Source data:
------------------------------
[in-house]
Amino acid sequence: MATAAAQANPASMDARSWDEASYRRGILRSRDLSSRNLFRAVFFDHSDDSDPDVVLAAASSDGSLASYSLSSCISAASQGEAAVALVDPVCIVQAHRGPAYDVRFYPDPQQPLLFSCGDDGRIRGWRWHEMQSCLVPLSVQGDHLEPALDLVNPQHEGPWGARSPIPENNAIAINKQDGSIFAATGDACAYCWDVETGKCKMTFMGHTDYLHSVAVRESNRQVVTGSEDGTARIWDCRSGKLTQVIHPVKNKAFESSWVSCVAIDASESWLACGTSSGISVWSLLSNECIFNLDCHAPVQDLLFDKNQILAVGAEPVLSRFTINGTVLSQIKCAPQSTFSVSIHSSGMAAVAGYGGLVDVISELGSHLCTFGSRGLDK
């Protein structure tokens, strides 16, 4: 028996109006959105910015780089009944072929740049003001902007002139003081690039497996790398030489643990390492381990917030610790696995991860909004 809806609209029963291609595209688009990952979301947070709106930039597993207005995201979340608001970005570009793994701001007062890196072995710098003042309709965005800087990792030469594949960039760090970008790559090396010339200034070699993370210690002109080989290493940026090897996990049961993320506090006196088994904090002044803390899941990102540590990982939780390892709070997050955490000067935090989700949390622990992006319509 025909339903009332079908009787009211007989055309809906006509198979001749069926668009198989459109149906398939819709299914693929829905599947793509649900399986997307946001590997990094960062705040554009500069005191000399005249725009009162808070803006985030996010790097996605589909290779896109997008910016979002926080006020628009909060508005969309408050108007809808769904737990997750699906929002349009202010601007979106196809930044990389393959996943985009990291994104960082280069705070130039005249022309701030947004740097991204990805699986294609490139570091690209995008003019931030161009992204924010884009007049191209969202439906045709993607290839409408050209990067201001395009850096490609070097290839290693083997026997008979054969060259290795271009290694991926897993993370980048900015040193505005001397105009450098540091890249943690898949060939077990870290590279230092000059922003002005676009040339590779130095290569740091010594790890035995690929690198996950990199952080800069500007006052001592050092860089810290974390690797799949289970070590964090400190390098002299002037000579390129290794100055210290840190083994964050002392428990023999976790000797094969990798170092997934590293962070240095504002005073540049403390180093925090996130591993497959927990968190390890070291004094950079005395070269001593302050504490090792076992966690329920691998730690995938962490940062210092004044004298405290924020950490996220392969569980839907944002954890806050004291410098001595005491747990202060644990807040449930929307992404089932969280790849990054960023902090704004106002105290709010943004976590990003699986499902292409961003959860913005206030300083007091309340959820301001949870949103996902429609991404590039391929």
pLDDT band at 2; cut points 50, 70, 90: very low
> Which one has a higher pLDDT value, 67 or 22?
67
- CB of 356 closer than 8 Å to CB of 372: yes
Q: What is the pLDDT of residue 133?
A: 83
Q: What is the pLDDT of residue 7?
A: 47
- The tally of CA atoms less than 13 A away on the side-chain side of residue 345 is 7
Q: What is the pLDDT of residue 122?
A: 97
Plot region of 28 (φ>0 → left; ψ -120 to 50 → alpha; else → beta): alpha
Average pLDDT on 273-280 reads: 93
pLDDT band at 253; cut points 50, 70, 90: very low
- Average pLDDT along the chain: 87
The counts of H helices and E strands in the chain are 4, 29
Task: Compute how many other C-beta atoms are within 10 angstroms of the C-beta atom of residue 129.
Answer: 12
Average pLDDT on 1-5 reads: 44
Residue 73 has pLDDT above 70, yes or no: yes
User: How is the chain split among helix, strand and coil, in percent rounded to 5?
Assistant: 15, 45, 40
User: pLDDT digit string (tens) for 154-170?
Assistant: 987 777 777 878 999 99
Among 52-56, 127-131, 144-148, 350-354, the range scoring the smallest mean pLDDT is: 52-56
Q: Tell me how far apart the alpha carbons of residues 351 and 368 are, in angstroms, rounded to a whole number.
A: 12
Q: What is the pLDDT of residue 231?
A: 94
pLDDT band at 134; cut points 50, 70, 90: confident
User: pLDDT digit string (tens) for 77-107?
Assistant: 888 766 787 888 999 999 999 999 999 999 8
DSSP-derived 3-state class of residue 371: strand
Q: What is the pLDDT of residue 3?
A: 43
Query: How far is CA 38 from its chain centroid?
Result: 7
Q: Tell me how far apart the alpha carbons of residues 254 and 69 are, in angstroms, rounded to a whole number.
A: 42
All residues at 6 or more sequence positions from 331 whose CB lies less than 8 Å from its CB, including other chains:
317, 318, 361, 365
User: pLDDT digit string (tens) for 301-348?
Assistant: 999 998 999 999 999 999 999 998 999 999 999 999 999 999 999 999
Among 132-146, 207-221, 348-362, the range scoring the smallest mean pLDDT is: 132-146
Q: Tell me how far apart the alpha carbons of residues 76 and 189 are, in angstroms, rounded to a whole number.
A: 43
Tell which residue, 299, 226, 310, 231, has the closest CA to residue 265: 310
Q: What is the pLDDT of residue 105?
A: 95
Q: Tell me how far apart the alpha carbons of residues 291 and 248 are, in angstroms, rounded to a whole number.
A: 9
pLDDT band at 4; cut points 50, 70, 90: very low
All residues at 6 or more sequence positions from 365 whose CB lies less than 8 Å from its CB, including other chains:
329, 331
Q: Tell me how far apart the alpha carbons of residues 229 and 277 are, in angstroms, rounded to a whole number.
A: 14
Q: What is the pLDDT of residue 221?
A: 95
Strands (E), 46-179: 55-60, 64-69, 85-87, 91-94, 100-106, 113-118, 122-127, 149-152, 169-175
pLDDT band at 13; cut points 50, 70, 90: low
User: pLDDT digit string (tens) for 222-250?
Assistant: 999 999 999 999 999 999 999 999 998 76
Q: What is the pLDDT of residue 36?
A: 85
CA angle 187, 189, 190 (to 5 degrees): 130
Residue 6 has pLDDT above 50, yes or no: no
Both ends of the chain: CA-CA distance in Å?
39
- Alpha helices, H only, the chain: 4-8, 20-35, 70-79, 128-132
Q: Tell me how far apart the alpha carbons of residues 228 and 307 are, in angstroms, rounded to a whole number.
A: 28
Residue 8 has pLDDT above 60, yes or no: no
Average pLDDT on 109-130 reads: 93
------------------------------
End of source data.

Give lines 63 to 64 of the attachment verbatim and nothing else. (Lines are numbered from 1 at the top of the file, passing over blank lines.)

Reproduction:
pLDDT band at 13; cut points 50, 70, 90: low
User: pLDDT digit string (tens) for 222-250?